Ashley’s Story - An Informed Journey Toward Breastfeeding
“The updated HHS HIV clinical practice guidelines regarding breastfeeding [and chestfeeding*] provide options that didn’t exist before. I want to share information about the updated guidelines so individuals have support to decide what is best for them.” Ashley Cason, an “I am a Work of ART” campaign creative partner and HIV community advocate, shared this perspective with HIV.gov as we discussed her informed decision to breastfeed her second child, a boy, who was born in early November 2023. The revisions to the guidelines are one of the federal Ending the HIV Epidemic in the U.S. (EHE) initiative achievements and were made—with community input—by an expert panel in perinatal HIV.
In the past, HIV and public health guidelines discouraged infant feeding among postpartum people with HIV. However, in early 2023, a significant change occurred when the Perinatal HIV Clinical Guidelines were updated to reflect current knowledge about HIV transmission through expressed human milk and nursing. The updated guidelines on Infant Feeding for Individuals with HIV in the U.S. promote greater emphasis on informed, shared decision-making for parents with HIV who have a sustained undetectable viral load. To learn more about what an undetectable viral load means, read here.
Ashley’s Breastfeeding Journey
“I was born with HIV, but I wasn’t diagnosed until I was 15,” Ashley said. She shared that prior to her diagnosis, she felt great, didn’t have any symptoms of HIV, and wasn’t taking any medications. However, when she visited an emergency room after experiencing early symptoms, she received an HIV test, and she and her parents learned that she had HIV. Today, Ashley, who also has a 3-year-old son, is healthy and thriving thanks to advancements in HIV treatment.
“Because I have an undetectable viral load, that gives me an opportunity to have conversations with my healthcare provider about wanting to breastfeed my child. The possibility of me transmitting HIV to my child is very low, less than one percent,” Ashley said.
During her first pregnancy, breastfeeding wasn’t presented as an option, and she didn’t consider it. However, this time around, her healthcare provider gave her the motivation to consider breastfeeding, and they discussed the research of The Well Project, a nonprofit organization Ashley became interested in. The Well Project provided input and, along with several other agencies and partners, helped create the updated federal clinical guidelines, which it uses to inform its work focused on women and girls with and vulnerable to HIV. To learn more about The Well Project and its statement about the updated guidelines, click hereExit Disclaimer.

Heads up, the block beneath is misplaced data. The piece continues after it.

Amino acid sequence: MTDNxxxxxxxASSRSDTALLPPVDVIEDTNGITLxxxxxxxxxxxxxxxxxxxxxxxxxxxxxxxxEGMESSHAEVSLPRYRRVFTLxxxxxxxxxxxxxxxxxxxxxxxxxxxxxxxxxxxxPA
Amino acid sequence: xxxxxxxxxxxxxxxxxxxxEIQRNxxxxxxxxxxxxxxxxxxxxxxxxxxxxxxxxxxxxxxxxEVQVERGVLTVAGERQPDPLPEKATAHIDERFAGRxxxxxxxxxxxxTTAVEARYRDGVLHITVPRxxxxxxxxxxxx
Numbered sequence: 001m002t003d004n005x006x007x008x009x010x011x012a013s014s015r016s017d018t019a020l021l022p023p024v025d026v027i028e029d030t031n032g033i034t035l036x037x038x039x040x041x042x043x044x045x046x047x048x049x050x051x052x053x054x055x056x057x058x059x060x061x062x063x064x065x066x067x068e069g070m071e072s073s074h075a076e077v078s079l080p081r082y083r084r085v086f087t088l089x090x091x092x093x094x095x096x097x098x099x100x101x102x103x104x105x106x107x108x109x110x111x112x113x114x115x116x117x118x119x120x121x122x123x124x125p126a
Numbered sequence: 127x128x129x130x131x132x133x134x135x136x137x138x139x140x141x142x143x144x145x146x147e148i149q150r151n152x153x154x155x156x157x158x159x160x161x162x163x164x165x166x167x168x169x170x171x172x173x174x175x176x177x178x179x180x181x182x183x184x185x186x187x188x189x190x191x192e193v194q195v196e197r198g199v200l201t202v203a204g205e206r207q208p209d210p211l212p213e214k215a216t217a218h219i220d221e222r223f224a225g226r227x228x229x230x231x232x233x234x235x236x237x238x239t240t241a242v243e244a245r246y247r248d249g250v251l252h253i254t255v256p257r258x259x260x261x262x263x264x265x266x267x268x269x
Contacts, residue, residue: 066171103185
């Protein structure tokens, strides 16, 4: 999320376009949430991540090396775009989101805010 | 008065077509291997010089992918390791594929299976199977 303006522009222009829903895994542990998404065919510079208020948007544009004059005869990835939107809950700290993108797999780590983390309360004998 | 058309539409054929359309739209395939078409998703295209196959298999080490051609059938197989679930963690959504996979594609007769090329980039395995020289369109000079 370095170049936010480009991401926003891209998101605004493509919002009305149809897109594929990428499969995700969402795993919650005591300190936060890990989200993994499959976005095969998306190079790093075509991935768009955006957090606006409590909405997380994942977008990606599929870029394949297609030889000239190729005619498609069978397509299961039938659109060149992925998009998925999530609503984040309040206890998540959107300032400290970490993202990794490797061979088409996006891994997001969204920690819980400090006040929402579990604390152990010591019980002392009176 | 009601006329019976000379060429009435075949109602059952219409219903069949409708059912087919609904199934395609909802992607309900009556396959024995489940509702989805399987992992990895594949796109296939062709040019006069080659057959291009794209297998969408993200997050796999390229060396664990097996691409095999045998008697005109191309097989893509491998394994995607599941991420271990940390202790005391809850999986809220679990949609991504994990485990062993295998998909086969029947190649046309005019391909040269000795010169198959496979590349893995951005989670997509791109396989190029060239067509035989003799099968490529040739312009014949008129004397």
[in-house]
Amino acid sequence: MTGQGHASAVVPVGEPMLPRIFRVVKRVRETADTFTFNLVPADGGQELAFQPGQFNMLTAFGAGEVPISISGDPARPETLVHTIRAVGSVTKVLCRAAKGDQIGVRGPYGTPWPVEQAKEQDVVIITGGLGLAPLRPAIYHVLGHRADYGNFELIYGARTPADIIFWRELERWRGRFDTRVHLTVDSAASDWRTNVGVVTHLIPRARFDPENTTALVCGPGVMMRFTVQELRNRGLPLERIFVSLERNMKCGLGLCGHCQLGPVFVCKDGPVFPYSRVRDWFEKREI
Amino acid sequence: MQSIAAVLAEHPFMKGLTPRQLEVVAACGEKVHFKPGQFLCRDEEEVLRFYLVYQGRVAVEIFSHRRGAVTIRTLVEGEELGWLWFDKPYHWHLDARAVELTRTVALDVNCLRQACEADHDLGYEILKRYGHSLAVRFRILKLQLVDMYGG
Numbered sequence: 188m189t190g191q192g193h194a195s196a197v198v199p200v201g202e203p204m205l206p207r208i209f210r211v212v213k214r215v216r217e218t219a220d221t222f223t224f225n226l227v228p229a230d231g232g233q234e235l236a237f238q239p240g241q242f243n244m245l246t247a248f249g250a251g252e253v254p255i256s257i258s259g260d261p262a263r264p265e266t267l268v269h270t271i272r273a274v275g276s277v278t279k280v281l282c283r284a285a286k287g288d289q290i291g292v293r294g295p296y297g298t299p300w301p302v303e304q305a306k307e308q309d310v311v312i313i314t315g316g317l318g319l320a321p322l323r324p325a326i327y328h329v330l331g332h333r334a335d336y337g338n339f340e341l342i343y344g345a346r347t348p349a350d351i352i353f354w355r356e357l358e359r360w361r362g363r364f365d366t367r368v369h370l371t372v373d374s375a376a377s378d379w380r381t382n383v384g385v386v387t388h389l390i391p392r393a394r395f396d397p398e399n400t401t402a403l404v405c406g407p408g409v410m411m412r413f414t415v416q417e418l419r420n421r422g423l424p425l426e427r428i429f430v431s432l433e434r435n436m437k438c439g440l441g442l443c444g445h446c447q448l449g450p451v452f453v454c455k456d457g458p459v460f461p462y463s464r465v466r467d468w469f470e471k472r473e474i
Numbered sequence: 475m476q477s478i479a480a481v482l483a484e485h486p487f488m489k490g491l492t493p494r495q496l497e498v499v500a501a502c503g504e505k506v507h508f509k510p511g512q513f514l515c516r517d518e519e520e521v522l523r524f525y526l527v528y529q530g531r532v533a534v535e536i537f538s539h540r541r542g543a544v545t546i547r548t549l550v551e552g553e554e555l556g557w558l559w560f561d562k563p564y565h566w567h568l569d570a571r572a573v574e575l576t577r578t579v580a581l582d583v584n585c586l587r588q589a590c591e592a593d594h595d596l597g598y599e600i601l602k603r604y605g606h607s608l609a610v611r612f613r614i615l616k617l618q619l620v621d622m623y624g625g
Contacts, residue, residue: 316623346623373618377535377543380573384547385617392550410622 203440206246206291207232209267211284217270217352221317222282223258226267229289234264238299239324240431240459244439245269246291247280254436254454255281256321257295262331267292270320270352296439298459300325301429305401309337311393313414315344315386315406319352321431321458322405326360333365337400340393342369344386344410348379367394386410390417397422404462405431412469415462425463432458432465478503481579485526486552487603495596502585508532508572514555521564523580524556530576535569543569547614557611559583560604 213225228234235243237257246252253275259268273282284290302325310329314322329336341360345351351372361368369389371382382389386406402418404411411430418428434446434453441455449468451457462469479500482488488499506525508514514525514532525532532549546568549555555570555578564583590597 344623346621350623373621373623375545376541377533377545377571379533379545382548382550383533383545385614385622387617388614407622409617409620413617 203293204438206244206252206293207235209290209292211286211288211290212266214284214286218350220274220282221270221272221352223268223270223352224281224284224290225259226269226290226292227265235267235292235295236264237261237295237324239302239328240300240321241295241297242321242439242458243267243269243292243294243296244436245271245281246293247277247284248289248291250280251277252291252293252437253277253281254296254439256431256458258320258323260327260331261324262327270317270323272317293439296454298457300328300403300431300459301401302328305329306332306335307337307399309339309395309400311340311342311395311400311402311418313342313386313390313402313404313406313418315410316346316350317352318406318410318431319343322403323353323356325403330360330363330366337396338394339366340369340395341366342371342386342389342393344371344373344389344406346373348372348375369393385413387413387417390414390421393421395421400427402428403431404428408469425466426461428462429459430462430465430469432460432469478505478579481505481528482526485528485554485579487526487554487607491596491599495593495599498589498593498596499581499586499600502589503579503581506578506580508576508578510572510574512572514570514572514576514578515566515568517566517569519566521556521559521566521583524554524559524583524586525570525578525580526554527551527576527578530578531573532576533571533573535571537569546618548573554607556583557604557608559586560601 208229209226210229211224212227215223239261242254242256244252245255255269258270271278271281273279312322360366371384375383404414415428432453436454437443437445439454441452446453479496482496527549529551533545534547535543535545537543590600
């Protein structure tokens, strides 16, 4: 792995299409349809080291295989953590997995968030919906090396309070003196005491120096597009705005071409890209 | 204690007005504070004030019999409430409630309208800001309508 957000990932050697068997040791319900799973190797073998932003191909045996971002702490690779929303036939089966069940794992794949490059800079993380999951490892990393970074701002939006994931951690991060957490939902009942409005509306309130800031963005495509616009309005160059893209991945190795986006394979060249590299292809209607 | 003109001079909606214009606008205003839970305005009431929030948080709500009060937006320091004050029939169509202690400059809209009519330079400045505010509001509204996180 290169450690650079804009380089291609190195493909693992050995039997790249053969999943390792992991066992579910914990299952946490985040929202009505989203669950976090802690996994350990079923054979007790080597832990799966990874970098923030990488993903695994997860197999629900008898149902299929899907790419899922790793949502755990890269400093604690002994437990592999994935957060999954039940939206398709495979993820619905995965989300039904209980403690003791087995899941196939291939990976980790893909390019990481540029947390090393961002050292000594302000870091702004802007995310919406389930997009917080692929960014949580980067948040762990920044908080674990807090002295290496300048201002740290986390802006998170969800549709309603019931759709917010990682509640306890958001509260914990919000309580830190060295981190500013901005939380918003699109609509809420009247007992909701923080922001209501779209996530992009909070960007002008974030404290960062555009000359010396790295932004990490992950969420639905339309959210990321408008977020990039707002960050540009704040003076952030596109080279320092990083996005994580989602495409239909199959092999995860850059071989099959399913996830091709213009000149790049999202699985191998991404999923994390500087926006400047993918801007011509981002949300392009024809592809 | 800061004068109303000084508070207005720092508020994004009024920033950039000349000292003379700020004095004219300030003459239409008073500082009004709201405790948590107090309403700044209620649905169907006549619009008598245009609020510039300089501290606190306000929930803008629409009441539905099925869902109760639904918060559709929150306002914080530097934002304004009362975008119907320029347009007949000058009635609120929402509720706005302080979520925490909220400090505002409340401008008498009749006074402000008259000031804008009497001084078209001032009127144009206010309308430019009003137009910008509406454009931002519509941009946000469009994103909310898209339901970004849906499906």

“Everyone is so supportive of me wanting to breastfeed; my healthcare team and my husband, who is HIV negative, are standing behind me 110 percent,” she said. “It’s been our shared decision, and I’m so thankful that my medical team is aware of the updated guidelines.”
Ashley’s Message to Others with HIV
As we ended our conversation, Ashley shared a message for others living with HIV who want to breastfeed. “Fully advocate for yourself and for what you want to do with your child,” she said. “If you don’t have a team of healthcare providers who support you and are knowledgeable of the science and research that’s available, explore other options. You may have HIV, but it doesn’t have you!”
Check out the “I am a Work of ART” campaign page here to learn more about Ashley and others living healthy lives with HIV. We encourage you to read our other blogs about the updated clinical guidelines regarding infant feeding, which you can find here and here.
*Chestfeeding is a gender-inclusive term that may be preferred by trans and nonbinary individuals. Throughout this blog, chestfeeding may be used instead of or in addition to breastfeeding and infant feeding.